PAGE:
She presses a hand up against the Weatherall planks…their windup nature in brightest bloom (Bacigalupi, 2015, 162).
Understanding the Setting
The paragraph illustrates the opulence associated with Paulo’s world, which is a sharp contrast to the place being described in the paragraph. It describes the frustration experienced by Emiko as she goes through the rough moments of her life. When the author refers to her cognitive thinking by stating how Emiko reminisced Japan, which is specifically the only time she had felt content with herself (Bacigalupi, 2015). It means Paulo’s world alternates between two distinctive geographical settings, where one of these locales was near a large body of water, most likely, an ocean. The contrast is further exacerbated by change, where the marine creatures imprisoned in aquariums are no different from individuals, imprisoned in their identities such that they cannot return home even if they wanted, principally due to lack of financial means in Emiko’s present locale.
The dangan fish change color, emphasizing the theme of change that is reiterated all along the development of the story. These clues indicate that the character was having a hard time coping with change, especially through forms that downgrade from the previous experiences or situations. The lines also illustrate a hint of adaptation, where the character spent hours comfortably resting and meditating in between bunkers, which is the same experience that she would have enjoyed in her abode. It is also worth noting that the lines also give a glimpse of the influence of technology, hinted by the evidence of her apartment kitted with climate control fixtures and fittings. Such equipment artificially creates a favorable environment for recreation, changing the reality of the hot weather outside into fiction in the form of cool breeze indoors.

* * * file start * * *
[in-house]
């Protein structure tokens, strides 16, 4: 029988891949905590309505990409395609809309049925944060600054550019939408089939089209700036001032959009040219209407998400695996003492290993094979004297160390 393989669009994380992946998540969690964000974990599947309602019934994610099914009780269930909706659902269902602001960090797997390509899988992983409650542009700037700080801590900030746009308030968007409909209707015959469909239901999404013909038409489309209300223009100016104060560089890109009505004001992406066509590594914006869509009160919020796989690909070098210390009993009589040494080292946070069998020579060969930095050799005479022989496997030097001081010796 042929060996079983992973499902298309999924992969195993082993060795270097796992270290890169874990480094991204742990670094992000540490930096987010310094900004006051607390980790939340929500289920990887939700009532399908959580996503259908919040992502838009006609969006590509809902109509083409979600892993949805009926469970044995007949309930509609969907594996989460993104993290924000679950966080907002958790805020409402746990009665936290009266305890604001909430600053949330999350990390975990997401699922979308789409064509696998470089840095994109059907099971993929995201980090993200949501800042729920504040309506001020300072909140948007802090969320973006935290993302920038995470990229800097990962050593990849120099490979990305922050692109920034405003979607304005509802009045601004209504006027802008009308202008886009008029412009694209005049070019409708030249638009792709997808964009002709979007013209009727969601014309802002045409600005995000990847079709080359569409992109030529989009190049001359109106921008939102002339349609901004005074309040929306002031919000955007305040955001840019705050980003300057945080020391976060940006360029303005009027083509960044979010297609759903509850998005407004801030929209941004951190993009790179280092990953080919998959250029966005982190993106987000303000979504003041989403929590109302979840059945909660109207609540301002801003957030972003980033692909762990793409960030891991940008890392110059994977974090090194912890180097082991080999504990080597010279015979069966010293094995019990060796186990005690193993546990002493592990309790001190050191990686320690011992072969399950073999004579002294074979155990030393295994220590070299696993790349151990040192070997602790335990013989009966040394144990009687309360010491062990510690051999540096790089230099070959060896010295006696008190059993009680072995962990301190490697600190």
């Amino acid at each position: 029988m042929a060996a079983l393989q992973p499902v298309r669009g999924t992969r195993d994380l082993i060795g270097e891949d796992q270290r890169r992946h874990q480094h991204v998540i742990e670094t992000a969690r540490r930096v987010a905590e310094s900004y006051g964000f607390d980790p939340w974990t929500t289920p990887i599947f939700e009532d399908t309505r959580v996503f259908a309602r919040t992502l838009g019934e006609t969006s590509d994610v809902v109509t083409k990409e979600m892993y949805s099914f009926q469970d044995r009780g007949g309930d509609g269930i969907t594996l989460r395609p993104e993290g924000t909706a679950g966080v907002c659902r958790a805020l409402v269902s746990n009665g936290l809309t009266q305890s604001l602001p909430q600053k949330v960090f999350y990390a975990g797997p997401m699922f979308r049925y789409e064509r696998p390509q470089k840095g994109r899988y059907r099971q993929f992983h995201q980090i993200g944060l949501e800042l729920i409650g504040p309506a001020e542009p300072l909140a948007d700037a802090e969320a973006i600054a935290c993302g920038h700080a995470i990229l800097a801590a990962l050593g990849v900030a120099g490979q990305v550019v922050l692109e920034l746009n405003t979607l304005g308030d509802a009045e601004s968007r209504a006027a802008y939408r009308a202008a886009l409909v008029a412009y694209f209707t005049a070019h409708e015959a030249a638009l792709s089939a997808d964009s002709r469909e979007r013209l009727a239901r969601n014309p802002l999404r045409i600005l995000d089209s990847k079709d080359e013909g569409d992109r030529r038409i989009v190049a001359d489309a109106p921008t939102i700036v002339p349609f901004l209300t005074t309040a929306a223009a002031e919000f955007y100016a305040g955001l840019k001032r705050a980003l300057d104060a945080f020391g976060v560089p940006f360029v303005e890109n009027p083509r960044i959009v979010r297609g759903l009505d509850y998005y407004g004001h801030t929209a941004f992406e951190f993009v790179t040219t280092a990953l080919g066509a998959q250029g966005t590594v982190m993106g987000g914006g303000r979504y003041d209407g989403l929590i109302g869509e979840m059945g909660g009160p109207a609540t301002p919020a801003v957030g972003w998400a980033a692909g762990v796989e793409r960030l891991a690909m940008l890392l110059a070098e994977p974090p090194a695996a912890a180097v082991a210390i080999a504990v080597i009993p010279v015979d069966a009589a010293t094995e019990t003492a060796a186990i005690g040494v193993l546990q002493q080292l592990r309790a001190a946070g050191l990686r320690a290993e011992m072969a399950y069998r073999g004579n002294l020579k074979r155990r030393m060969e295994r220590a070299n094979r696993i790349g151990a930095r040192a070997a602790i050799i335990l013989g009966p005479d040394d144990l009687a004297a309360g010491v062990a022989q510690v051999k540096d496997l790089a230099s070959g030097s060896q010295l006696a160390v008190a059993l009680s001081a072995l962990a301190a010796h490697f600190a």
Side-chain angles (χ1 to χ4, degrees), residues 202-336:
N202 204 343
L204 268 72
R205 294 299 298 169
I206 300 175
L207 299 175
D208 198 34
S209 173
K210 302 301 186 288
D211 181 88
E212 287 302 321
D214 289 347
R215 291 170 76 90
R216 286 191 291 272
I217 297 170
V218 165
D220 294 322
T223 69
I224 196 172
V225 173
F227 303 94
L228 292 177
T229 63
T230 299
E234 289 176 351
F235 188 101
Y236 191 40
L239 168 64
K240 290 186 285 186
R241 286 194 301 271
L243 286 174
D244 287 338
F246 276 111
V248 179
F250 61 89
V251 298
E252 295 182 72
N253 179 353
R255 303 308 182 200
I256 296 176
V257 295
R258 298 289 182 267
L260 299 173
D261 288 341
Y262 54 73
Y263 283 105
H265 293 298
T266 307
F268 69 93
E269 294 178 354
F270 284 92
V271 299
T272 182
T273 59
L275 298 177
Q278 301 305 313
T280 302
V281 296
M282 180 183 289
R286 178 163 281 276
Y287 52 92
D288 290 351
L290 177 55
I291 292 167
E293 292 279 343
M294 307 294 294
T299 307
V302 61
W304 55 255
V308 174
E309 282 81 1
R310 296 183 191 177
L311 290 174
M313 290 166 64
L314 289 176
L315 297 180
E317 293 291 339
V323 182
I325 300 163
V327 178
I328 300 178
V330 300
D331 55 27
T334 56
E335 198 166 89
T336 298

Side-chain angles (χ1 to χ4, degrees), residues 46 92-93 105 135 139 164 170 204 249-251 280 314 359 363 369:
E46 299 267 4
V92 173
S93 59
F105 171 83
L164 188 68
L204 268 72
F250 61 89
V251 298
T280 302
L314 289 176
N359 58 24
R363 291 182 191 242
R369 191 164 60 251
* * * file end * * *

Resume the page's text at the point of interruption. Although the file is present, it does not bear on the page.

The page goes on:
The author has omitted information regarding the social well-being of the character. It is apparent that she felt content with material things instead of family and friends, who are conspicuously missing from her reverie. This environment is easily imprinted in the reader’s mind, especially with the infusion of imagery and color, which are understood by all segments of the population, even children can understand picture blue streaks.
- Bacigalupi, P. (2015). The windup girl. Simon and Schuster. Pp.162.